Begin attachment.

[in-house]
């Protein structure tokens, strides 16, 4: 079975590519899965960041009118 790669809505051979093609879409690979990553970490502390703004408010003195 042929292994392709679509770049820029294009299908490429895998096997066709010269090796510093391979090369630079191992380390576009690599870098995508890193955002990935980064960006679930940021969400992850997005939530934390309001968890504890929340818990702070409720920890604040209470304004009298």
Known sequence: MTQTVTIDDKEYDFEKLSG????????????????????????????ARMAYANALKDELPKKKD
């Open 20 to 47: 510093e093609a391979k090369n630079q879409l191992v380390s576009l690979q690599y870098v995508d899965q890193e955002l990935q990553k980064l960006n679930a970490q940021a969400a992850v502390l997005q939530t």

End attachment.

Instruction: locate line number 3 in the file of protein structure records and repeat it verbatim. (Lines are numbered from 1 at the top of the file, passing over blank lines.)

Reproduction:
Known sequence: MTQTVTIDDKEYDFEKLSG????????????????????????????ARMAYANALKDELPKKKD